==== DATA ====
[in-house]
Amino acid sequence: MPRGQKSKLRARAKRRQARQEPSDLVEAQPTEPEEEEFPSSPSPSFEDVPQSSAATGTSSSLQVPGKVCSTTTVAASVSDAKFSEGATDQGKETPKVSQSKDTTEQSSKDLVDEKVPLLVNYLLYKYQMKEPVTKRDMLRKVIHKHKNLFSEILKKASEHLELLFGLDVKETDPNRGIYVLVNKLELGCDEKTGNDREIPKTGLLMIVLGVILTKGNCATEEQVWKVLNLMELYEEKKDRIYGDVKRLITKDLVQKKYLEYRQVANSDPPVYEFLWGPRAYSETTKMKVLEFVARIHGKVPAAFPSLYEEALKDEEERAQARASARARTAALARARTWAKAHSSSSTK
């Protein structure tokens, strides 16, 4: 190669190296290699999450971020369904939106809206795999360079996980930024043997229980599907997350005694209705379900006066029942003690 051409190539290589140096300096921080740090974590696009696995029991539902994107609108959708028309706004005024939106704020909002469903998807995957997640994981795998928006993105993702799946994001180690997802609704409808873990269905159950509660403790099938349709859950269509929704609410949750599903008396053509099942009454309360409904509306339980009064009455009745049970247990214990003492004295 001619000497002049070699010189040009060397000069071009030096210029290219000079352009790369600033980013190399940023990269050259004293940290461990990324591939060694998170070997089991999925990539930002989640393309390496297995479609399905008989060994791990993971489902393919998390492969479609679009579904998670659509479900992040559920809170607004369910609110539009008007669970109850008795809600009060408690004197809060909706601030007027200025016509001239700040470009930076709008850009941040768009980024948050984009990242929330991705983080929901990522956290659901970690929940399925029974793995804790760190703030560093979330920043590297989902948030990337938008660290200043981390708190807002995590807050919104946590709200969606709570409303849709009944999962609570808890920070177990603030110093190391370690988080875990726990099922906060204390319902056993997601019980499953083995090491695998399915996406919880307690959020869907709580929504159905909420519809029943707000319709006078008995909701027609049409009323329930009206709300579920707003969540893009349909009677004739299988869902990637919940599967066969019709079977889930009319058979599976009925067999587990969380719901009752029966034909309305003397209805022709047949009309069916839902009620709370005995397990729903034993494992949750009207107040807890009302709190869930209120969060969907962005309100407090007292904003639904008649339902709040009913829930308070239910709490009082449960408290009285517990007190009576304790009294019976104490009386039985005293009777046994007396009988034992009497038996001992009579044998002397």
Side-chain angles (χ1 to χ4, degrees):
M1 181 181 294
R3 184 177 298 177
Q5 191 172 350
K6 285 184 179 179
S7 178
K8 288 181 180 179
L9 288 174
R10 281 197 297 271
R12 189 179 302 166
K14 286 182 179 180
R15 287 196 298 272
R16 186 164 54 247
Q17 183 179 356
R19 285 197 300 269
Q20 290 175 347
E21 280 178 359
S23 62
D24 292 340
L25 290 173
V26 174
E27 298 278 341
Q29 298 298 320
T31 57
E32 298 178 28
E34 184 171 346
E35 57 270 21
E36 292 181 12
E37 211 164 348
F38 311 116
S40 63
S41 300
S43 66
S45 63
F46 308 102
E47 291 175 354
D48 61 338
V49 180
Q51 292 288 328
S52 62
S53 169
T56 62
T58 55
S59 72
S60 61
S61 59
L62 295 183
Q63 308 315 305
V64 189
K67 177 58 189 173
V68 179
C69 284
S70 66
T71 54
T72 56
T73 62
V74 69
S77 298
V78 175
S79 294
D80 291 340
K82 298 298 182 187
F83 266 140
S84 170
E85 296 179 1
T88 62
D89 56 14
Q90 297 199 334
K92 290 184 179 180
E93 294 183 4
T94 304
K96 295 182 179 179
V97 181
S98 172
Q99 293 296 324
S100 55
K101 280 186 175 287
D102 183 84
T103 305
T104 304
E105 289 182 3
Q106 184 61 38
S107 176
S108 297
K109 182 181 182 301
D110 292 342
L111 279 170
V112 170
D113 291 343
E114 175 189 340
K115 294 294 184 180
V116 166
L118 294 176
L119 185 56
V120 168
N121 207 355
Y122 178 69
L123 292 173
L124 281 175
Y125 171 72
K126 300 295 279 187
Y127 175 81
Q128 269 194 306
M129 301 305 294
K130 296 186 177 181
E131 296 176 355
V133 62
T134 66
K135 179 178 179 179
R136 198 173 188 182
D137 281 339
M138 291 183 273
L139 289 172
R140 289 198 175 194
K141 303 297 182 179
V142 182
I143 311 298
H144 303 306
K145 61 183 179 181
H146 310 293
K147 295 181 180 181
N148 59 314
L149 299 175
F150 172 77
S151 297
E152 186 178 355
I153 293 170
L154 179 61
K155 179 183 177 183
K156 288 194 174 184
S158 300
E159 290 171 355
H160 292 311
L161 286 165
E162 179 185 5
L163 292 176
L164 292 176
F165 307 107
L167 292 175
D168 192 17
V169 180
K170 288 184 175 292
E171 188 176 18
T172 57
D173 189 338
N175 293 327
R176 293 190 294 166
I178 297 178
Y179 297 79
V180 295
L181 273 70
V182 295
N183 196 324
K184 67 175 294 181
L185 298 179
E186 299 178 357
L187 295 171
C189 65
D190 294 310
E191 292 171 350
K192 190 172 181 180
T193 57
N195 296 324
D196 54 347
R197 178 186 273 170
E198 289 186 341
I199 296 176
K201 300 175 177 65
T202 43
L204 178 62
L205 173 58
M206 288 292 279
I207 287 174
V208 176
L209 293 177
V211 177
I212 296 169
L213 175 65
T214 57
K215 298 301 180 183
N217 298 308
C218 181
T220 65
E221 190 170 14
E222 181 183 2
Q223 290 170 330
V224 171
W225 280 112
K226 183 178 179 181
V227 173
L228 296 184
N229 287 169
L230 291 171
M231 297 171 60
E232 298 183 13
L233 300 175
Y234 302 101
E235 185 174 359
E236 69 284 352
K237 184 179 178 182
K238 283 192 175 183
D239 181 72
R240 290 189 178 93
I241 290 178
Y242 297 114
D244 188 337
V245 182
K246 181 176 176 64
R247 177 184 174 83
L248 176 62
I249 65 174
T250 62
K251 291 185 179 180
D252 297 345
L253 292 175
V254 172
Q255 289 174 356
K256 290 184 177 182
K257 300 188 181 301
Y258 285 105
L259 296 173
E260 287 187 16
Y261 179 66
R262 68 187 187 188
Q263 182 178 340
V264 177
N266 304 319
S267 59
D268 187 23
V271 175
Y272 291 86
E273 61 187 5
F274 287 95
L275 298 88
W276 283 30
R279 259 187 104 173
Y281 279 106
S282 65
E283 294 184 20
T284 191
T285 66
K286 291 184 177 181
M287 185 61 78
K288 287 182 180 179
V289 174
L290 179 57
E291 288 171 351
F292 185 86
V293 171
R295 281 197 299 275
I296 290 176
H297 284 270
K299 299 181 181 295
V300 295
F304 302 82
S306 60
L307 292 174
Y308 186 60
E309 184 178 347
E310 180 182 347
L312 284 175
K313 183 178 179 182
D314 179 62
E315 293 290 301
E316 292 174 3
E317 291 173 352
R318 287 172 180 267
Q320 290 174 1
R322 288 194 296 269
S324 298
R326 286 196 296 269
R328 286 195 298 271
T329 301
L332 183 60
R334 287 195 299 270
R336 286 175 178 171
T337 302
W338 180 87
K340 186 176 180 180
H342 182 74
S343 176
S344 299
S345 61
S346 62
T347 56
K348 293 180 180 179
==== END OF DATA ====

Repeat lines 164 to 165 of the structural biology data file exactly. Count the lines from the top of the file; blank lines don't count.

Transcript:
K192 190 172 181 180
T193 57